MCViewPoint

Opinion from a Libertarian ViewPoint

Erie Times E-Edition Article-Feds dismiss case against Erie pair in riots

Posted by M. C. on March 25, 2021

It makes you wonder if the FIB just made the whole thing up.

These agents violated to the first two FIB commandments.

Commandment 1. Never make the bureau look bad.

Commandment 2. Don’t violate Commandment 1.

Truth, justice, serve and protect are way down the list.

This brings to mind the PA Attorney Generals of years past. They would swoop down on some poor bastards and do photo ops with the perps pictures on a chart.

The bigger the chart, the more likely the perps would get plea bargained or charges would be dropped.

https://erietimes-pa-app.newsmemory.com/?publink=0a136f79a

Ed Palattella

Erie Times-News USA TODAY NETWORK Federal charges have been dropped against two men from Erie accused of rioting in downtown Cleveland during the George Floyd protests the night of May 30.

The U.S. Attorney’s Office in Cleveland on Tuesday dismissed the indictment against the defendants, Brandon Michael Althof Long and Devon Bryce Poland, according to court records.

The two were charged and then indicted in June on four charges: conspiracy to riot and cause civil disorder, conspiracy to use fire to commit any felony, interstate travel to riot and transporting any firearm in furtherance of civil disorder.

The FBI accused Althof Long, then 23, and Poland, then 22, of traveling from Erie to Cleveland the night of May 30 and participating in rioting that broke out during a protest over the death of George Floyd while in police custody in Minneapolis on May 25.

Althof Long and Poland were found with weapons that included a Glock pistol and ammunition and two one-pound bottles of Sterno Firestarter Instant Flame gel, the FBI said.

The U.S. Attorney’s Office in Cleveland dismissed the indictment against Althof Long and Poland by filing a one-sentence motion on Tuesday. The motion, signed by Assistant U.S. Attorney Duncan Brown, does not state the reasons the government dropped the case. A spokesman for the U.S. Attorney’s Office in Cleveland said it would have no comment beyond what is in the court filings.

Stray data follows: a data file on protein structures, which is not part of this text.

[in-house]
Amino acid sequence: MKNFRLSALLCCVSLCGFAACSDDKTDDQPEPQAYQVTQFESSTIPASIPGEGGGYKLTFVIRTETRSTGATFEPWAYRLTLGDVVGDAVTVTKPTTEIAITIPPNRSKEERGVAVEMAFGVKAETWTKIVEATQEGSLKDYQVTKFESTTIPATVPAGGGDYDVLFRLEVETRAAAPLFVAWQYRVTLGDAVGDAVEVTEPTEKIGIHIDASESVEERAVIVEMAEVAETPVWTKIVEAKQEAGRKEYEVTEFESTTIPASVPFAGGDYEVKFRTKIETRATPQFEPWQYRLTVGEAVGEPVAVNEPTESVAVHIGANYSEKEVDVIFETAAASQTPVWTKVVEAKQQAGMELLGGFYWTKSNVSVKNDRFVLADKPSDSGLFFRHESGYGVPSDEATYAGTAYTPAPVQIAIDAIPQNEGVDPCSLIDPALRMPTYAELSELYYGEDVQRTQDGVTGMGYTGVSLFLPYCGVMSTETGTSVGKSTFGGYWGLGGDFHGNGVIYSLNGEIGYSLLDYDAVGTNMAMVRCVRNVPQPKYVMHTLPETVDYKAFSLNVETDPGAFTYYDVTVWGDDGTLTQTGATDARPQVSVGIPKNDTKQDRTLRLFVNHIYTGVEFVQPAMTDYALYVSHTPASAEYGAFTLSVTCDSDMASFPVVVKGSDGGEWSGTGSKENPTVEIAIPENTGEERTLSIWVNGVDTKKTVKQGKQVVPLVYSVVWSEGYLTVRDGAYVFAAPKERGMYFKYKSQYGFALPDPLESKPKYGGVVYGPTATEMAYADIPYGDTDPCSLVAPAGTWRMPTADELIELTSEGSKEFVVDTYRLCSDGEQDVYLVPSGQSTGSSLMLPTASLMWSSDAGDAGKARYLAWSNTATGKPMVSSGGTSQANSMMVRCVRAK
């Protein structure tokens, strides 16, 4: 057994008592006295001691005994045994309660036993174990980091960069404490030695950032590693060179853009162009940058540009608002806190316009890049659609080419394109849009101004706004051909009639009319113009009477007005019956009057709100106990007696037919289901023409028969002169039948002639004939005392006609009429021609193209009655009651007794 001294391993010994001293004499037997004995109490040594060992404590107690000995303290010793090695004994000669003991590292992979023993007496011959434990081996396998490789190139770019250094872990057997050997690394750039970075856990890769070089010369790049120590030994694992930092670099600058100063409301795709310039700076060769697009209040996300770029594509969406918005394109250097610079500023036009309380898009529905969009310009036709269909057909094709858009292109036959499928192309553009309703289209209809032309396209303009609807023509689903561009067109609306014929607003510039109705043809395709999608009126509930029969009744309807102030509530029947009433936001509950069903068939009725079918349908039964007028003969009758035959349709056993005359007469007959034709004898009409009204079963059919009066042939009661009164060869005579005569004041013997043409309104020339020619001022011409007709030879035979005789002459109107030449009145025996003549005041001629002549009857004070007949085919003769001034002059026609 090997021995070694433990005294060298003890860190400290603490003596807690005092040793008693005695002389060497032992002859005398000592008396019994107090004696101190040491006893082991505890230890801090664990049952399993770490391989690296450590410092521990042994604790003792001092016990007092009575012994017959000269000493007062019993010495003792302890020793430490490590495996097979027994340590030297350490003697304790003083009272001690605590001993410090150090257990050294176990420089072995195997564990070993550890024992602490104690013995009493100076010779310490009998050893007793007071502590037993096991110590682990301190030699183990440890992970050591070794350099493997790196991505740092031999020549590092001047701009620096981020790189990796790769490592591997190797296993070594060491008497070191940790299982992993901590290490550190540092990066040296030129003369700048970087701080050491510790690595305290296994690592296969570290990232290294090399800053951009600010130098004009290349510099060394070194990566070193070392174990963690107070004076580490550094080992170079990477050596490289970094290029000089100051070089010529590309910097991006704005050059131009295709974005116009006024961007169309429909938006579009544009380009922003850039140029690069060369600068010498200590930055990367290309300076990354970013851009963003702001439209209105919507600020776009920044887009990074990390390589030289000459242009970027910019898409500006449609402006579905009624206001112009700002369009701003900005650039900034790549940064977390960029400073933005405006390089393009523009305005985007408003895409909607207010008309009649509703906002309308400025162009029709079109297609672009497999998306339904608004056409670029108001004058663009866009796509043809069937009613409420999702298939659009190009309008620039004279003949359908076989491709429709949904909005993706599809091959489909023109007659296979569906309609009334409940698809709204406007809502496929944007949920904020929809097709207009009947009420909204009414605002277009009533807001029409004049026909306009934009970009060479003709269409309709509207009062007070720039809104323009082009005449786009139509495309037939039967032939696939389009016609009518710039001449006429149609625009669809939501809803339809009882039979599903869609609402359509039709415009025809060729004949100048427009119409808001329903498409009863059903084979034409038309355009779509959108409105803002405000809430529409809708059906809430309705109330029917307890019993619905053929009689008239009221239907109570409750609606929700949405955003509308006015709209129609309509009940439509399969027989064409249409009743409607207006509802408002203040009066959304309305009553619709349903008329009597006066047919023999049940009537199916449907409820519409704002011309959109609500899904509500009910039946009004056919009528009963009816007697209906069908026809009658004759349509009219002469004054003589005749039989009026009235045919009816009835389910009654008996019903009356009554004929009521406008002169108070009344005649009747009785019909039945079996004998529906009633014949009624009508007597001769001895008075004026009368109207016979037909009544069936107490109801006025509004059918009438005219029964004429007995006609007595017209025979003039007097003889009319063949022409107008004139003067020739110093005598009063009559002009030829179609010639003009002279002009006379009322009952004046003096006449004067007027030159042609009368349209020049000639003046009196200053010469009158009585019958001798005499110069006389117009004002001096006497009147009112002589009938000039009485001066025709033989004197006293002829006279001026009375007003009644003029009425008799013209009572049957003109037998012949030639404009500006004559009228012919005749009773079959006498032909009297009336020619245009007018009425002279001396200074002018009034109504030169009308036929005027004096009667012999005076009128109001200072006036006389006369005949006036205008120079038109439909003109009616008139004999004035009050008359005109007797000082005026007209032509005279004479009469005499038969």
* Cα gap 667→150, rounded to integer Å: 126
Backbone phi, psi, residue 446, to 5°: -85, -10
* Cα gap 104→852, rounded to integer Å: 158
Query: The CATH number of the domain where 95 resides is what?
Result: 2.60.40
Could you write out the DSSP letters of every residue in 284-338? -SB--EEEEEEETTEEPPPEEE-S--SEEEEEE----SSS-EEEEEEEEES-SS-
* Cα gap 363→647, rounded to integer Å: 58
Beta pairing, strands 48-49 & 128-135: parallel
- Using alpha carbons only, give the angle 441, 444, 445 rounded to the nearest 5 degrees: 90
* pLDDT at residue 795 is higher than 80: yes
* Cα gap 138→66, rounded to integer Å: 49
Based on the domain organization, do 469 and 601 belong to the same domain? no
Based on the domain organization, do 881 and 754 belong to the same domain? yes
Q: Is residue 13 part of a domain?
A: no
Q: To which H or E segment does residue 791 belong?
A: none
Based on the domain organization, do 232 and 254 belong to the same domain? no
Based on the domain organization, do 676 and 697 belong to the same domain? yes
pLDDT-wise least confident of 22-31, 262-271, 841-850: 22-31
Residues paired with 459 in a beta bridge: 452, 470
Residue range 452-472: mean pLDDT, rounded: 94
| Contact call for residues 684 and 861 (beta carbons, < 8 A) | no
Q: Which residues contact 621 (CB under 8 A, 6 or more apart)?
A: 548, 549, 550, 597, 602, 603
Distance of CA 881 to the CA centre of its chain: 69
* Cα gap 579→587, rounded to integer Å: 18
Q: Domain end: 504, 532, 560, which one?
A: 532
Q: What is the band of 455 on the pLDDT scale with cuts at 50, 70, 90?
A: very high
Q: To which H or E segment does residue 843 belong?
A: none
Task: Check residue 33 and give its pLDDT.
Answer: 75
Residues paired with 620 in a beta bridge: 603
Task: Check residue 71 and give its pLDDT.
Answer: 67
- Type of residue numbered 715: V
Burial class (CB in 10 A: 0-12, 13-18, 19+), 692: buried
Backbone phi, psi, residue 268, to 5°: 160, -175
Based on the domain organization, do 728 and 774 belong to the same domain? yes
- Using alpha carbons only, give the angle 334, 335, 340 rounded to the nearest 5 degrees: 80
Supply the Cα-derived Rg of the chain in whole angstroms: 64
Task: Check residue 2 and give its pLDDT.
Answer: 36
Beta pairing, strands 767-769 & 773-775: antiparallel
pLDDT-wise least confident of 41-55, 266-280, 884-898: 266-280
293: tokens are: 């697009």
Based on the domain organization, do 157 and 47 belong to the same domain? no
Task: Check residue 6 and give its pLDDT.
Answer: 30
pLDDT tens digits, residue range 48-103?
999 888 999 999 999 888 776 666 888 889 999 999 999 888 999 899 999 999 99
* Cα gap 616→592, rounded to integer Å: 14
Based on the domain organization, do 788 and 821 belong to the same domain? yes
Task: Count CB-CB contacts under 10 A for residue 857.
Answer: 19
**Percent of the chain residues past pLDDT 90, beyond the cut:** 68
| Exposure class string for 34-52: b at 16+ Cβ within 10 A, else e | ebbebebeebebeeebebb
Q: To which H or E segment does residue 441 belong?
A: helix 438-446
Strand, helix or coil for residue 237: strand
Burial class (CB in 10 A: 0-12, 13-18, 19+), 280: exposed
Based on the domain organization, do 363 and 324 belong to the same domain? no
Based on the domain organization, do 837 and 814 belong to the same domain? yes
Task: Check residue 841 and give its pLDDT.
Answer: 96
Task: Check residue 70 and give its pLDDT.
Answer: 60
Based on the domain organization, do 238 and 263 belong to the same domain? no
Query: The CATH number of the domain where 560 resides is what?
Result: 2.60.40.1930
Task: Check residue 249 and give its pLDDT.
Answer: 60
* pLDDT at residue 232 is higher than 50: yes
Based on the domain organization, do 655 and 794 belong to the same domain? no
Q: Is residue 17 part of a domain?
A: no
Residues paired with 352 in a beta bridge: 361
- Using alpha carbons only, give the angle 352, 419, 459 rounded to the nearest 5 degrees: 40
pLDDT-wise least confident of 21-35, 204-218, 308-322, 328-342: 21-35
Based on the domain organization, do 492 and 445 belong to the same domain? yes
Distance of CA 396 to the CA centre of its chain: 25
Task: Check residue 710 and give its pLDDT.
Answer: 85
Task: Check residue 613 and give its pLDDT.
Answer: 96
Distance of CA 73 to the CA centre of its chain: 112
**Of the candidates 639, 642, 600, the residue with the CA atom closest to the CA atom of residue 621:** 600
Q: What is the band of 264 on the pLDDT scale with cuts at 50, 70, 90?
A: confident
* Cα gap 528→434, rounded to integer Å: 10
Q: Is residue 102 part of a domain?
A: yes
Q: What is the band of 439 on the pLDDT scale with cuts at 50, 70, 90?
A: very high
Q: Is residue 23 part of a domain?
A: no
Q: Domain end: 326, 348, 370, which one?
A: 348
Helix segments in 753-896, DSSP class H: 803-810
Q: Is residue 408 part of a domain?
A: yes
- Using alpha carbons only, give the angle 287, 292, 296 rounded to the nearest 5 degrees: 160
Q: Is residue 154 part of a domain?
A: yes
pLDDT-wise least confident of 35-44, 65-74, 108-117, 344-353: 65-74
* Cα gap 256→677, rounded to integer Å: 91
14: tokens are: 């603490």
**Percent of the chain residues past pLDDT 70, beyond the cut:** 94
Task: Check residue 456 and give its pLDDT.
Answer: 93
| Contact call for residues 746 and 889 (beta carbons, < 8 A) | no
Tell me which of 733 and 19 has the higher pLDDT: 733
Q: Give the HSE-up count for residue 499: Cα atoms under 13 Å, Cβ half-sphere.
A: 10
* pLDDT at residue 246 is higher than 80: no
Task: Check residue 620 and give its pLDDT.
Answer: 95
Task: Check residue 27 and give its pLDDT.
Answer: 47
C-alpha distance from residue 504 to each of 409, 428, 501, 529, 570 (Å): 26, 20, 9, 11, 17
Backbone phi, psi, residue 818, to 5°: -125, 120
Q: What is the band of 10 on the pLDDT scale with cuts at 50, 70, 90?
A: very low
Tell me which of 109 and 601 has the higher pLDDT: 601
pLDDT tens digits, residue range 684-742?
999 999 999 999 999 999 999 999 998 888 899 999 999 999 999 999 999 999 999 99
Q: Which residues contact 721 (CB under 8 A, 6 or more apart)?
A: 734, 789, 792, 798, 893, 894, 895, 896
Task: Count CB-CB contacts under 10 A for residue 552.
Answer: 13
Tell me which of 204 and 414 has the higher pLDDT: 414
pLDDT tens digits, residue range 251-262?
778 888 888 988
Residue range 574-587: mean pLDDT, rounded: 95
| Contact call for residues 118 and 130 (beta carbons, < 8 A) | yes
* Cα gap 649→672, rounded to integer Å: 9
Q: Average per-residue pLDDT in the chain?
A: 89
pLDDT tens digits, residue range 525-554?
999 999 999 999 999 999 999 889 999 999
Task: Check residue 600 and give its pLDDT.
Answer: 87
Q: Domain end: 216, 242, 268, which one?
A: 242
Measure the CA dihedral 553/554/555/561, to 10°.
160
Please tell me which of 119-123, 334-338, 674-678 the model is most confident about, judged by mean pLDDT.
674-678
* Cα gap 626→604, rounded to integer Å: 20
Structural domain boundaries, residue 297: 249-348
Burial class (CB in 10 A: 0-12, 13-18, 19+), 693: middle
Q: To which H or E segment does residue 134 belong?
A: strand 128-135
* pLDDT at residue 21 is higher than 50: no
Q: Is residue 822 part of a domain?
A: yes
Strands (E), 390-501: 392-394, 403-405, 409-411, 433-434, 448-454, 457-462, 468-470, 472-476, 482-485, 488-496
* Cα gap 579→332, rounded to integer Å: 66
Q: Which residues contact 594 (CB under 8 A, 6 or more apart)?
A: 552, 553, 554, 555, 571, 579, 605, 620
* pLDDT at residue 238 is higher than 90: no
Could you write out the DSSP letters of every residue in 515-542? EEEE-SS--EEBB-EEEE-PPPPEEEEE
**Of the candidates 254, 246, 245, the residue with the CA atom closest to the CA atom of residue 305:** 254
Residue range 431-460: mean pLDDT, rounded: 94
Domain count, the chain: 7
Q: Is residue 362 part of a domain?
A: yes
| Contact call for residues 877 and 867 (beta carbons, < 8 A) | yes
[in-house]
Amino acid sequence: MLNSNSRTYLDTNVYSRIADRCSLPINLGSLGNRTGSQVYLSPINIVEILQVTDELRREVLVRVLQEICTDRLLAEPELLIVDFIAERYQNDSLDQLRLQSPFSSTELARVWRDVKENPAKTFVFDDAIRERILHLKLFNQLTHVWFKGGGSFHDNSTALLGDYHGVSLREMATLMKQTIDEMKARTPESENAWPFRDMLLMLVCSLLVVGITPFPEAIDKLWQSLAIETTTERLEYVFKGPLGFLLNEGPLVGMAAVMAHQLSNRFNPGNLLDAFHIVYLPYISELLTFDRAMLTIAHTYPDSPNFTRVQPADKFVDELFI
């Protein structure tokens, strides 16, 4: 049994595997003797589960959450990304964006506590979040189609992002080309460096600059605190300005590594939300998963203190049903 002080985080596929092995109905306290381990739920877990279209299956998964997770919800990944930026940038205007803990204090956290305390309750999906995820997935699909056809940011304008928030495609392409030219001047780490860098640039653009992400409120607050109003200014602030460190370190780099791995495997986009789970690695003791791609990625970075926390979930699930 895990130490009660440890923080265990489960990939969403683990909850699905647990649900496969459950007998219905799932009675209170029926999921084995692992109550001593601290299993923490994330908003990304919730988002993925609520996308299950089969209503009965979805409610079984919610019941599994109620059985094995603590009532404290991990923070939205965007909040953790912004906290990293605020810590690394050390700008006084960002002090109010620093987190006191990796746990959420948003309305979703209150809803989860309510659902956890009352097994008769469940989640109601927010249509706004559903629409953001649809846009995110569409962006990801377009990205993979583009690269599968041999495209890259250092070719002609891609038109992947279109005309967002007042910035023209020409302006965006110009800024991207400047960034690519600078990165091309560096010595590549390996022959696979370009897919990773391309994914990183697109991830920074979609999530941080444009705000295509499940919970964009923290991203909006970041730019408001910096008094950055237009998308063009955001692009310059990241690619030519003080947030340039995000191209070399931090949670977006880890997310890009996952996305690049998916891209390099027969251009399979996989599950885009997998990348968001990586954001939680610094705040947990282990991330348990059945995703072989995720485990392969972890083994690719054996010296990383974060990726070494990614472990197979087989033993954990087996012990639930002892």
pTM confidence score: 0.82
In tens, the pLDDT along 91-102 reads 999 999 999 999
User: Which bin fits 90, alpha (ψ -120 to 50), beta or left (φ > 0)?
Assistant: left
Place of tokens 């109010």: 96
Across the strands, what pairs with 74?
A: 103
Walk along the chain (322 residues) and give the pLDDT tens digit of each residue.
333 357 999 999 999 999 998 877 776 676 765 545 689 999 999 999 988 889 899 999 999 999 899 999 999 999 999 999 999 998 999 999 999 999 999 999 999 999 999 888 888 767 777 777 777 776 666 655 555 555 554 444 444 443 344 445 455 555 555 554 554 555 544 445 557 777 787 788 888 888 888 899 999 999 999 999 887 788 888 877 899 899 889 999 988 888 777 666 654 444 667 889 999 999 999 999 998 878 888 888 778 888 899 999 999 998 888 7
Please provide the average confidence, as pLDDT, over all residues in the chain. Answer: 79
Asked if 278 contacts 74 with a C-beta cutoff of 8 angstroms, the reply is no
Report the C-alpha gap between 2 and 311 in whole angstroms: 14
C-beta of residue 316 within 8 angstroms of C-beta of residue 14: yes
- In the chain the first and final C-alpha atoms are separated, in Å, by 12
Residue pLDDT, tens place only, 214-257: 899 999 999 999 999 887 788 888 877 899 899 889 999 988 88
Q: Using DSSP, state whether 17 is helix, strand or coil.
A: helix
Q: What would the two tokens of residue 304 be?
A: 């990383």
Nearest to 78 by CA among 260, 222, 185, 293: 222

But the office dismissed the charges after a federal judge suppressed the defendants’ statements and evidence that authorities had gathered against them. The ruling meant the government could not use as evidence the pistol, the fire-starting gel and Facebook messages that the FBI said Althof Long and Poland sent to each other.

‘It exonerates my client completely,’ Althof Long’s lawyer, Mitchell Yelsky, said of the dismissal of the indictment. ‘He didn’t do anything remotely illegal when he was in Cleveland the night of May 30.’

Yelsky also said Althof Long and Poland arrived in Cleveland about 10:45 p.m. on May 30, after the major rioting and looting had been quelled.

He said he was pleased that the U.S. Attorney’s Office in Cleveland reviewed the case.

Poland’s, lawyer, Timothy C. Ivey, an assistant federal public defender, could not be immediately reached for comment.

The dismissal was first reported by

Cleveland.com . The FBI said the investigation started after Cleveland Division of Police investigators first encountered the SUV that the pair had driven to Cleveland parked in an alley at about 11:55 p.m. on May 30.

The FBI charged Althof Long, whose name is also listed as Althof-Long in court records, and Poland on June 5 in advance of their indictment on June 11.

The two were initially detained in Erie after they made initial appearances at the federal courthouse on Perry Square before they faced prosecution in federal court in Cleveland. The two were freed on bond following their initial detention.